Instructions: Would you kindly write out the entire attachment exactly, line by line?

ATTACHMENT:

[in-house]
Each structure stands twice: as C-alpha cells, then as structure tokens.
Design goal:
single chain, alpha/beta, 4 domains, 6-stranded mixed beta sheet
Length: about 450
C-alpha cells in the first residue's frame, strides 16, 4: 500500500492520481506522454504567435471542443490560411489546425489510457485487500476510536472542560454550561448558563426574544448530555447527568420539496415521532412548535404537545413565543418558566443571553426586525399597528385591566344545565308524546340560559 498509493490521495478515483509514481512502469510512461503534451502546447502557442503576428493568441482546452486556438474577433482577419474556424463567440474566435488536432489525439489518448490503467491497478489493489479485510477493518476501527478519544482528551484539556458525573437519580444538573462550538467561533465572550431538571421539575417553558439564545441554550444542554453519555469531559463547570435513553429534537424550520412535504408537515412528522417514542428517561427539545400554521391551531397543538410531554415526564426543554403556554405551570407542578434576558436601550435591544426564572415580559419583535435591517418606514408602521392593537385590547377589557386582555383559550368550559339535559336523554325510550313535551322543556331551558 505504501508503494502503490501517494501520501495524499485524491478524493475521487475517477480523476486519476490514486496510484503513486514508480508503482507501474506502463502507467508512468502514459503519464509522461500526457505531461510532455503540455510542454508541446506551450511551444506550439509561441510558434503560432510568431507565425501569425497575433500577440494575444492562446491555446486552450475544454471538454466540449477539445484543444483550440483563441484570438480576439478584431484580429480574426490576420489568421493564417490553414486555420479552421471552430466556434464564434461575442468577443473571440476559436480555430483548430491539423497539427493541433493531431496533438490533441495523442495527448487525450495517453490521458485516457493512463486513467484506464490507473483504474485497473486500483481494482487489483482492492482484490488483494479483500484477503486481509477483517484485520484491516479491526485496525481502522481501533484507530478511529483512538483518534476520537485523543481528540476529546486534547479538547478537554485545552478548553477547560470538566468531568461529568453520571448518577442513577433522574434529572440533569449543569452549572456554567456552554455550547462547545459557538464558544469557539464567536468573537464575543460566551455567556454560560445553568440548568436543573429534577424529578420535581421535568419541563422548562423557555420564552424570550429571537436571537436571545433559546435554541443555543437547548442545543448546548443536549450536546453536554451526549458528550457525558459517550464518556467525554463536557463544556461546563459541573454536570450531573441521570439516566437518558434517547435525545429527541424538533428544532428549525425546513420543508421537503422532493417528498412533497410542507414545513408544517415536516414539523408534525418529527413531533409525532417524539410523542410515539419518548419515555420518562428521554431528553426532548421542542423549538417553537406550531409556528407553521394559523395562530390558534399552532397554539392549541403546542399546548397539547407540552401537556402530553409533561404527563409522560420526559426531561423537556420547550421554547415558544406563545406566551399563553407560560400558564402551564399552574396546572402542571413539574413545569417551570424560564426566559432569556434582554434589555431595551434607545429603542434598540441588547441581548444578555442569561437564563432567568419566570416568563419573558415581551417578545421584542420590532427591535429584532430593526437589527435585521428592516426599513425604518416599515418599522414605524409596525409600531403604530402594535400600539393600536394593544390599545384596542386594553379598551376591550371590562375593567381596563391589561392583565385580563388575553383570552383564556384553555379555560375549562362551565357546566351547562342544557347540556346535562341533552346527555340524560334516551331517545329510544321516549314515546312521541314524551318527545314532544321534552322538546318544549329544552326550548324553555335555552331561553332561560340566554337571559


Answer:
[in-house]
Each structure stands twice: as C-alpha cells, then as structure tokens.
Design goal:
single chain, alpha/beta, 4 domains, 6-stranded mixed beta sheet
Length: about 450
C-alpha cells in the first residue's frame, strides 16, 4: 500500500492520481506522454504567435471542443490560411489546425489510457485487500476510536472542560454550561448558563426574544448530555447527568420539496415521532412548535404537545413565543418558566443571553426586525399597528385591566344545565308524546340560559 498509493490521495478515483509514481512502469510512461503534451502546447502557442503576428493568441482546452486556438474577433482577419474556424463567440474566435488536432489525439489518448490503467491497478489493489479485510477493518476501527478519544482528551484539556458525573437519580444538573462550538467561533465572550431538571421539575417553558439564545441554550444542554453519555469531559463547570435513553429534537424550520412535504408537515412528522417514542428517561427539545400554521391551531397543538410531554415526564426543554403556554405551570407542578434576558436601550435591544426564572415580559419583535435591517418606514408602521392593537385590547377589557386582555383559550368550559339535559336523554325510550313535551322543556331551558 505504501508503494502503490501517494501520501495524499485524491478524493475521487475517477480523476486519476490514486496510484503513486514508480508503482507501474506502463502507467508512468502514459503519464509522461500526457505531461510532455503540455510542454508541446506551450511551444506550439509561441510558434503560432510568431507565425501569425497575433500577440494575444492562446491555446486552450475544454471538454466540449477539445484543444483550440483563441484570438480576439478584431484580429480574426490576420489568421493564417490553414486555420479552421471552430466556434464564434461575442468577443473571440476559436480555430483548430491539423497539427493541433493531431496533438490533441495523442495527448487525450495517453490521458485516457493512463486513467484506464490507473483504474485497473486500483481494482487489483482492492482484490488483494479483500484477503486481509477483517484485520484491516479491526485496525481502522481501533484507530478511529483512538483518534476520537485523543481528540476529546486534547479538547478537554485545552478548553477547560470538566468531568461529568453520571448518577442513577433522574434529572440533569449543569452549572456554567456552554455550547462547545459557538464558544469557539464567536468573537464575543460566551455567556454560560445553568440548568436543573429534577424529578420535581421535568419541563422548562423557555420564552424570550429571537436571537436571545433559546435554541443555543437547548442545543448546548443536549450536546453536554451526549458528550457525558459517550464518556467525554463536557463544556461546563459541573454536570450531573441521570439516566437518558434517547435525545429527541424538533428544532428549525425546513420543508421537503422532493417528498412533497410542507414545513408544517415536516414539523408534525418529527413531533409525532417524539410523542410515539419518548419515555420518562428521554431528553426532548421542542423549538417553537406550531409556528407553521394559523395562530390558534399552532397554539392549541403546542399546548397539547407540552401537556402530553409533561404527563409522560420526559426531561423537556420547550421554547415558544406563545406566551399563553407560560400558564402551564399552574396546572402542571413539574413545569417551570424560564426566559432569556434582554434589555431595551434607545429603542434598540441588547441581548444578555442569561437564563432567568419566570416568563419573558415581551417578545421584542420590532427591535429584532430593526437589527435585521428592516426599513425604518416599515418599522414605524409596525409600531403604530402594535400600539393600536394593544390599545384596542386594553379598551376591550371590562375593567381596563391589561392583565385580563388575553383570552383564556384553555379555560375549562362551565357546566351547562342544557347540556346535562341533552346527555340524560334516551331517545329510544321516549314515546312521541314524551318527545314532544321534552322538546318544549329544552326550548324553555335555552331561553332561560340566554337571559